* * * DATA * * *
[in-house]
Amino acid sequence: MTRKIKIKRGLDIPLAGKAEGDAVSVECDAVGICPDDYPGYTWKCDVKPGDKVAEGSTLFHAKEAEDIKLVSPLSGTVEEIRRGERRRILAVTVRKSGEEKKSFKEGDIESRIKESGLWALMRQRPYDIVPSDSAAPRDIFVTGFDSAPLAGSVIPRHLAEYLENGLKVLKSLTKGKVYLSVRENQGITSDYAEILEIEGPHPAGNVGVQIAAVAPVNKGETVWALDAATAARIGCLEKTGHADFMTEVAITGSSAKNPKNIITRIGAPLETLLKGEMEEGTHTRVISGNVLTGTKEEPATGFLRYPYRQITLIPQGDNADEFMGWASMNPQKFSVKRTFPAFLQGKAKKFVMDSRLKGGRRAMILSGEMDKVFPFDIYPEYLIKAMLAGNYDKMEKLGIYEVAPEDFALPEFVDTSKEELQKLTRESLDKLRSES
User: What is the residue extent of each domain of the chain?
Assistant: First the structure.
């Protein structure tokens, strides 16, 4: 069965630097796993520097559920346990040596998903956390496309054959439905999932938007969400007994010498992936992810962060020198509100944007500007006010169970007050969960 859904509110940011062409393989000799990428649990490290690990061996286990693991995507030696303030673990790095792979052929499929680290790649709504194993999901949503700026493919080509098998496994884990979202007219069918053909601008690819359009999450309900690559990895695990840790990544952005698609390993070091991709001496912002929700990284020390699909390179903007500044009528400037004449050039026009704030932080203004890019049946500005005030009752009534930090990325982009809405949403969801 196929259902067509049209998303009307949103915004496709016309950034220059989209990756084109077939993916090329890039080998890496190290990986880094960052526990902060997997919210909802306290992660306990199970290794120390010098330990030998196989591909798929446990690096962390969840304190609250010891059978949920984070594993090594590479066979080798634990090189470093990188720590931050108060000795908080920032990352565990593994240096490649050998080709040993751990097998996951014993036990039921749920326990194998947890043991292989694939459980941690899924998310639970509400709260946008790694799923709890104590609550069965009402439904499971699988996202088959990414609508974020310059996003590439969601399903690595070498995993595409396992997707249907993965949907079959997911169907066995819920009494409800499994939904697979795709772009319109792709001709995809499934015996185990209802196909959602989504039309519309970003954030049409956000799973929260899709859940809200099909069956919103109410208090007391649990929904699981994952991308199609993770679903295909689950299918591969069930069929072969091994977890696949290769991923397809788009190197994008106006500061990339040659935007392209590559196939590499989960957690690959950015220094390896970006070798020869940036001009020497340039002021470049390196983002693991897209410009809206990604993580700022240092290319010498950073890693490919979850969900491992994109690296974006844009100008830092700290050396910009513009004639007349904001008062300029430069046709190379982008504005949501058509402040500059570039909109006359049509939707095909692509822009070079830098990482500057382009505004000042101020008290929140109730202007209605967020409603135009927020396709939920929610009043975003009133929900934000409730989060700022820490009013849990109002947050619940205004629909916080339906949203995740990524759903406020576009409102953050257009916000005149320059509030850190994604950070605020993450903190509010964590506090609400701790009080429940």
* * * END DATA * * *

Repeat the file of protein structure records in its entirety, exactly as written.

[in-house]
Amino acid sequence: MTRKIKIKRGLDIPLAGKAEGDAVSVECDAVGICPDDYPGYTWKCDVKPGDKVAEGSTLFHAKEAEDIKLVSPLSGTVEEIRRGERRRILAVTVRKSGEEKKSFKEGDIESRIKESGLWALMRQRPYDIVPSDSAAPRDIFVTGFDSAPLAGSVIPRHLAEYLENGLKVLKSLTKGKVYLSVRENQGITSDYAEILEIEGPHPAGNVGVQIAAVAPVNKGETVWALDAATAARIGCLEKTGHADFMTEVAITGSSAKNPKNIITRIGAPLETLLKGEMEEGTHTRVISGNVLTGTKEEPATGFLRYPYRQITLIPQGDNADEFMGWASMNPQKFSVKRTFPAFLQGKAKKFVMDSRLKGGRRAMILSGEMDKVFPFDIYPEYLIKAMLAGNYDKMEKLGIYEVAPEDFALPEFVDTSKEELQKLTRESLDKLRSES
User: What is the residue extent of each domain of the chain?
Assistant: First the structure.
């Protein structure tokens, strides 16, 4: 069965630097796993520097559920346990040596998903956390496309054959439905999932938007969400007994010498992936992810962060020198509100944007500007006010169970007050969960 859904509110940011062409393989000799990428649990490290690990061996286990693991995507030696303030673990790095792979052929499929680290790649709504194993999901949503700026493919080509098998496994884990979202007219069918053909601008690819359009999450309900690559990895695990840790990544952005698609390993070091991709001496912002929700990284020390699909390179903007500044009528400037004449050039026009704030932080203004890019049946500005005030009752009534930090990325982009809405949403969801 196929259902067509049209998303009307949103915004496709016309950034220059989209990756084109077939993916090329890039080998890496190290990986880094960052526990902060997997919210909802306290992660306990199970290794120390010098330990030998196989591909798929446990690096962390969840304190609250010891059978949920984070594993090594590479066979080798634990090189470093990188720590931050108060000795908080920032990352565990593994240096490649050998080709040993751990097998996951014993036990039921749920326990194998947890043991292989694939459980941690899924998310639970509400709260946008790694799923709890104590609550069965009402439904499971699988996202088959990414609508974020310059996003590439969601399903690595070498995993595409396992997707249907993965949907079959997911169907066995819920009494409800499994939904697979795709772009319109792709001709995809499934015996185990209802196909959602989504039309519309970003954030049409956000799973929260899709859940809200099909069956919103109410208090007391649990929904699981994952991308199609993770679903295909689950299918591969069930069929072969091994977890696949290769991923397809788009190197994008106006500061990339040659935007392209590559196939590499989960957690690959950015220094390896970006070798020869940036001009020497340039002021470049390196983002693991897209410009809206990604993580700022240092290319010498950073890693490919979850969900491992994109690296974006844009100008830092700290050396910009513009004639007349904001008062300029430069046709190379982008504005949501058509402040500059570039909109006359049509939707095909692509822009070079830098990482500057382009505004000042101020008290929140109730202007209605967020409603135009927020396709939920929610009043975003009133929900934000409730989060700022820490009013849990109002947050619940205004629909916080339906949203995740990524759903406020576009409102953050257009916000005149320059509030850190994604950070605020993450903190509010964590506090609400701790009080429940």